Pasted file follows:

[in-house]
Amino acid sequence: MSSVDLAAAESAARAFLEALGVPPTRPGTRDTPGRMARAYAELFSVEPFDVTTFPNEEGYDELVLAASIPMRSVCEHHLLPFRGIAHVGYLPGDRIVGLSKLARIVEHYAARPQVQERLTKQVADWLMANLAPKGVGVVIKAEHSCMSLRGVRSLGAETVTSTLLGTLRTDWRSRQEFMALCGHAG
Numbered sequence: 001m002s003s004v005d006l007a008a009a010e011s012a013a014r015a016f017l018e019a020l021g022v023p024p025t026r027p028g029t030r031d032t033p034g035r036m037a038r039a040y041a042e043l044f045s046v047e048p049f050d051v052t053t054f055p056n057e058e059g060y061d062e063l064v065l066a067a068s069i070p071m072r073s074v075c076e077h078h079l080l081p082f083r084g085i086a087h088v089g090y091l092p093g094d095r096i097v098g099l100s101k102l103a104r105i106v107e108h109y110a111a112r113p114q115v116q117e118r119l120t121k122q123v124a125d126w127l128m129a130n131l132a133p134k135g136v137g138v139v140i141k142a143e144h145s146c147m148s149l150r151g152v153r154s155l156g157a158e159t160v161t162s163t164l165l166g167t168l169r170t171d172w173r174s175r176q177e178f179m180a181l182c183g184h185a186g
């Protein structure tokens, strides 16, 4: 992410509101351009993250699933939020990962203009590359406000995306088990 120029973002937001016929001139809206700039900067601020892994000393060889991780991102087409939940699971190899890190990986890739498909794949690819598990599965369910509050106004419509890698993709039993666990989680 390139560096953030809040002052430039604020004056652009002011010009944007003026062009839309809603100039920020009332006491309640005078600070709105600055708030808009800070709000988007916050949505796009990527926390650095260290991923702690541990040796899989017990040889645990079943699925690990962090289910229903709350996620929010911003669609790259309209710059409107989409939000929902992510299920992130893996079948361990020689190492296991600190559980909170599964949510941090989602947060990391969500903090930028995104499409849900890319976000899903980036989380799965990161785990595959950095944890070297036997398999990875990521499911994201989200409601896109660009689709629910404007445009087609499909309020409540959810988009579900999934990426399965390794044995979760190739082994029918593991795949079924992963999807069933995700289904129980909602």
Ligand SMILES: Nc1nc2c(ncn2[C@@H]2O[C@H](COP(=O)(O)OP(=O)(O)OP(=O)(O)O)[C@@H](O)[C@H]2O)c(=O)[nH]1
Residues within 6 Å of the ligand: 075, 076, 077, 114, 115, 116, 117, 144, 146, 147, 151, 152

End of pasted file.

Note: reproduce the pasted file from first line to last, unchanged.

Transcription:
[in-house]
Amino acid sequence: MSSVDLAAAESAARAFLEALGVPPTRPGTRDTPGRMARAYAELFSVEPFDVTTFPNEEGYDELVLAASIPMRSVCEHHLLPFRGIAHVGYLPGDRIVGLSKLARIVEHYAARPQVQERLTKQVADWLMANLAPKGVGVVIKAEHSCMSLRGVRSLGAETVTSTLLGTLRTDWRSRQEFMALCGHAG
Numbered sequence: 001m002s003s004v005d006l007a008a009a010e011s012a013a014r015a016f017l018e019a020l021g022v023p024p025t026r027p028g029t030r031d032t033p034g035r036m037a038r039a040y041a042e043l044f045s046v047e048p049f050d051v052t053t054f055p056n057e058e059g060y061d062e063l064v065l066a067a068s069i070p071m072r073s074v075c076e077h078h079l080l081p082f083r084g085i086a087h088v089g090y091l092p093g094d095r096i097v098g099l100s101k102l103a104r105i106v107e108h109y110a111a112r113p114q115v116q117e118r119l120t121k122q123v124a125d126w127l128m129a130n131l132a133p134k135g136v137g138v139v140i141k142a143e144h145s146c147m148s149l150r151g152v153r154s155l156g157a158e159t160v161t162s163t164l165l166g167t168l169r170t171d172w173r174s175r176q177e178f179m180a181l182c183g184h185a186g
């Protein structure tokens, strides 16, 4: 992410509101351009993250699933939020990962203009590359406000995306088990 120029973002937001016929001139809206700039900067601020892994000393060889991780991102087409939940699971190899890190990986890739498909794949690819598990599965369910509050106004419509890698993709039993666990989680 390139560096953030809040002052430039604020004056652009002011010009944007003026062009839309809603100039920020009332006491309640005078600070709105600055708030808009800070709000988007916050949505796009990527926390650095260290991923702690541990040796899989017990040889645990079943699925690990962090289910229903709350996620929010911003669609790259309209710059409107989409939000929902992510299920992130893996079948361990020689190492296991600190559980909170599964949510941090989602947060990391969500903090930028995104499409849900890319976000899903980036989380799965990161785990595959950095944890070297036997398999990875990521499911994201989200409601896109660009689709629910404007445009087609499909309020409540959810988009579900999934990426399965390794044995979760190739082994029918593991795949079924992963999807069933995700289904129980909602």
Ligand SMILES: Nc1nc2c(ncn2[C@@H]2O[C@H](COP(=O)(O)OP(=O)(O)OP(=O)(O)O)[C@@H](O)[C@H]2O)c(=O)[nH]1
Residues within 6 Å of the ligand: 075, 076, 077, 114, 115, 116, 117, 144, 146, 147, 151, 152